Noble Fir

Top of a Noble Fir at Sherrard Point, Palmer, Multnomah Co., Oregon 
Reference: “File:Abies Procera Top Sherrard Point.Jpg.” Encyclopedia of Life, http://eol.org/data_objects/27744884. Accessed 20 Oct. 2018.

Latin (group) name: Abies
Latin (specific) name: Abies Procera Rehder
Average max height: 100' to 250'
Average diameter: 2' to 6'
Associated state: none
Category: American Woods
The Softwoods - Conifers

The Tree

In the deep forests, Noble Fir is a magnificent, majestic and symmetrically formed “tree fir” having a straight clear trunk frequently for 100 feet or more. It towers to a height of from 150 to 200 or more feet, and has a trunk diameter of two to five feet. Trees 250 feet tall and more than six feet in diameter have been found. The branches are short, rigid, and stand out almost at right angles to the trunk except for the lower limbs which have a tendency to droop somewhat. The well-formed crown is rounded and narrow. The needles, growing thick on the twig and curving upward, are a pale to dark bluish-green with a silvery tinge, are one-half to one inch long, grooved on the upper surface and usually
sharp pointed. The needles particularly distinguish this tree from all other firs. The large oblong and resin-coated cones, too, are distinctive. They are light yellowsih-green; are four and one-half to six inches long with blunt ends, and stand erect on the twig. The cone scales protrude somewhat, overlap shingle fashion and have large sharply pointed bracts. When mature, the cones turn a light yellowish-brown color. In the early lumbering days Noble Fir was erroneously called Larch or sometimes Red Fir. The tree, however, does not in the least resemble Western Larch either in appearance or properties of the wood.

noble fir cones
Noble Fir cones
noble fir tree bark
Noble Fir tree bark
noble fir foliage
Noble Fir foliage

Common Names in Use

  • Noble Fir (Oreg., and trade)
  • Bigtree
  • Feather-cone Red Fir (Calif., lit.)
  • “Larch” (Oreg. Lumbermen)
  • Noble or Bracted Red Fir (Calif., lit)
  • Red Fir (Oreg.)
  • Tuck Tuck (Pacific Indians
    three chinook men
    Three Chinook Men by George Catlin
    The indigenous peoples of the Pacific Northwest Coast are composed of many nations and tribal affiliations, each with distinctive cultural and political identities, but they share certain beliefs, traditions and practices, such as the centrality of salmon as a resource and spiritual symbol. The term Northwest Coast or North West Coast is used in anthropology to refer to the groups of Indigenous people residing along the coast of British Columbia, Washington state, parts of Alaska, Oregon, and northern California. The term Pacific Northwest is largely used in the American context.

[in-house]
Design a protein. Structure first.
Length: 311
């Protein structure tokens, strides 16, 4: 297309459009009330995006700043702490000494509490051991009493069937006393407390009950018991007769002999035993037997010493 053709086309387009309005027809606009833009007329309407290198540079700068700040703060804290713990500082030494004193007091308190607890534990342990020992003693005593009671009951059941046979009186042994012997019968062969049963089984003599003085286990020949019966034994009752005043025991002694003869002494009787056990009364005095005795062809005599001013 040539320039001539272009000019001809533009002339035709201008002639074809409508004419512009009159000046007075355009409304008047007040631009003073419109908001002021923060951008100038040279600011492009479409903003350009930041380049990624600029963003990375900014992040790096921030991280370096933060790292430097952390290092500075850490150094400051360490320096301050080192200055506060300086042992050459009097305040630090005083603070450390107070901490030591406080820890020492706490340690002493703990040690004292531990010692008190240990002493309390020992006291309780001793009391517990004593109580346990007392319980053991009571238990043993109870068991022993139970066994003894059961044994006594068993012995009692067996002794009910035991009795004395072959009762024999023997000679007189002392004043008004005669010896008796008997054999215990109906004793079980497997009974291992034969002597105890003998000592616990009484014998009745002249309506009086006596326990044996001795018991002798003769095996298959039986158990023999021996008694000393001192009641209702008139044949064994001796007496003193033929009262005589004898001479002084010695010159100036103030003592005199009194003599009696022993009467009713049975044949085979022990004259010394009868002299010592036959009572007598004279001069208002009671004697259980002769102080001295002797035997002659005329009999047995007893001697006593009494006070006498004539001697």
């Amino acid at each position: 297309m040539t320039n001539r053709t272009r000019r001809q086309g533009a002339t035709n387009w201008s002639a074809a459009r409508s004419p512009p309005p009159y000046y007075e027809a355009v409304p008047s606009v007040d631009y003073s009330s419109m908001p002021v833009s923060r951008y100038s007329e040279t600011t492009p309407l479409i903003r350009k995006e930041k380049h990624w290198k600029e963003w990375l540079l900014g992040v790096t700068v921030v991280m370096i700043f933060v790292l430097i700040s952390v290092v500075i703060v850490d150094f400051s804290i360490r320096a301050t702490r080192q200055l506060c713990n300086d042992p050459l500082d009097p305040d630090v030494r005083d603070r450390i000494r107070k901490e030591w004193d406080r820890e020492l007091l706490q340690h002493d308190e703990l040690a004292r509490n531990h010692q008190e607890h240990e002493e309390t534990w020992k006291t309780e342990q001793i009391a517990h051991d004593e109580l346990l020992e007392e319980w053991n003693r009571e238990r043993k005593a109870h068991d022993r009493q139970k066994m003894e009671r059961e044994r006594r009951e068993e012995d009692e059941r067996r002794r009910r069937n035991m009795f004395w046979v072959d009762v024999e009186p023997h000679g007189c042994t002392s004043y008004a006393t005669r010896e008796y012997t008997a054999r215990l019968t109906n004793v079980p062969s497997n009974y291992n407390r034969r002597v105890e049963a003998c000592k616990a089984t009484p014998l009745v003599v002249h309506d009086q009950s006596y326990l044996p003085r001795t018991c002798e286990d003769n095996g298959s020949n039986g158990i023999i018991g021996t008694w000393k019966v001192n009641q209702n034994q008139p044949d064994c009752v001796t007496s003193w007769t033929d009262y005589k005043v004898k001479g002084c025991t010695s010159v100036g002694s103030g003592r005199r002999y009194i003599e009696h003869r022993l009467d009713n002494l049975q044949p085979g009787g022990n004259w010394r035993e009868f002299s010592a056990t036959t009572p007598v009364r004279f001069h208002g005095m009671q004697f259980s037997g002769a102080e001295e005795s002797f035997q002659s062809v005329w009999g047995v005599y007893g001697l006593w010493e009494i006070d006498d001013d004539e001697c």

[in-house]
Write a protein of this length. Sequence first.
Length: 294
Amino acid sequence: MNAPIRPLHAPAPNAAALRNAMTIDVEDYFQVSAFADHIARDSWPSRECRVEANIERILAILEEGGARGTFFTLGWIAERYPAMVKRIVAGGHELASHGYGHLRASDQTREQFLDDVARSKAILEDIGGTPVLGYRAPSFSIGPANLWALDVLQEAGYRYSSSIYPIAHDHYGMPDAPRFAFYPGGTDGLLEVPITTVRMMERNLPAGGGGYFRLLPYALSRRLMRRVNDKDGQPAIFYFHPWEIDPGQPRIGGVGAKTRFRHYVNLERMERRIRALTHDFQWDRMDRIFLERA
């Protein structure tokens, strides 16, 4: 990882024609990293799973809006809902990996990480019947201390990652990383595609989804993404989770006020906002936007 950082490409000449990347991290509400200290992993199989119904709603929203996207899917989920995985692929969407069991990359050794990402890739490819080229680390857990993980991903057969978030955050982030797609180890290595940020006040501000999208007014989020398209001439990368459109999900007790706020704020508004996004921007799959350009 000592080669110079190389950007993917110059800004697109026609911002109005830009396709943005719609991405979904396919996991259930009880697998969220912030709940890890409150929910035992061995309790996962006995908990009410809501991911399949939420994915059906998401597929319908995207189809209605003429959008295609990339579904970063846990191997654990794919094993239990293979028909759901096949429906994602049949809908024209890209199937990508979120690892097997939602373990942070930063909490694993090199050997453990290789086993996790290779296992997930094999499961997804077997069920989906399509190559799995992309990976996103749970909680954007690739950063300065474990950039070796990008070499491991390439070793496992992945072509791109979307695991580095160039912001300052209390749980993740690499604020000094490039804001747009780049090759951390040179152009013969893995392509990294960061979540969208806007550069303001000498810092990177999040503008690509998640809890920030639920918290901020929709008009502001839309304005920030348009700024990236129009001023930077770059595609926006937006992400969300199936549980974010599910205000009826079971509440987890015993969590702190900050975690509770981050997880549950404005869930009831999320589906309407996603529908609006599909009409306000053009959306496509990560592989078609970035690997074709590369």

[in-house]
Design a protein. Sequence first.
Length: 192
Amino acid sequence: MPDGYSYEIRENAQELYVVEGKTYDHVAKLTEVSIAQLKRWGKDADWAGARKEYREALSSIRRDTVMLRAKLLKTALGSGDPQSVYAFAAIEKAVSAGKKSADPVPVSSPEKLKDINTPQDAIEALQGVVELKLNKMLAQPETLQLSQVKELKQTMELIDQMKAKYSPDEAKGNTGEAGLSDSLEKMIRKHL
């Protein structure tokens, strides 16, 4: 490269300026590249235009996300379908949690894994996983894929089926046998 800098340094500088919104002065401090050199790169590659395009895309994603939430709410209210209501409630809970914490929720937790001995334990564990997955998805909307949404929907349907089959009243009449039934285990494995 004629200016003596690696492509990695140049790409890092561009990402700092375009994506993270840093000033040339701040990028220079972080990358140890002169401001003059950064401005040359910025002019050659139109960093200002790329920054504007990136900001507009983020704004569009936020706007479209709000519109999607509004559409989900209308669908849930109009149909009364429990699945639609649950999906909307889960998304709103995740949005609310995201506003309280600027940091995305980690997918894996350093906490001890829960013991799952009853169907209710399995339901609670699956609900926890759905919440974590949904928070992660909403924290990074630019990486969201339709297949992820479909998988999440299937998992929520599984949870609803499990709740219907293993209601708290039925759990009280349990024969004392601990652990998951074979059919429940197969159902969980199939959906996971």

Growth Range

The natural growth range of Noble Fir extends from the southern border of British Columbia through western Washington, Oregon to the northwest corner of California, growing chiefly on the west slope of the Cascade Range and sparsely 0n the coastal ranges.

The Wood

The wood of Noble Fir is the heaviest of all fir species. It is firm, moderately hard, strong, has a fine, straight grain, and is a very light-tan color frequently marked with reddish-brown streaks which add greatly to the beauty of the wood. A high grade of lumber which is easily worked and takes a good polish is produced from the wood. Contrary to most woods, the sapwood is somewhat darker than the heartwood.


Lumber from the Noble Fir is used for planing mill products, Venetian blinds, interior finish, siding, sash, doors, boats, boxes and ladder rails. A good quality of paper pulp suitable for high grade Kraft paper is also produced.


  • Shelley E. Schoonover (American Woods) 1951 (Watling & Co. ) Santa Monica, CA 

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Page last modified on Sunday July 24, 2022 17:09:29 PDT by admin.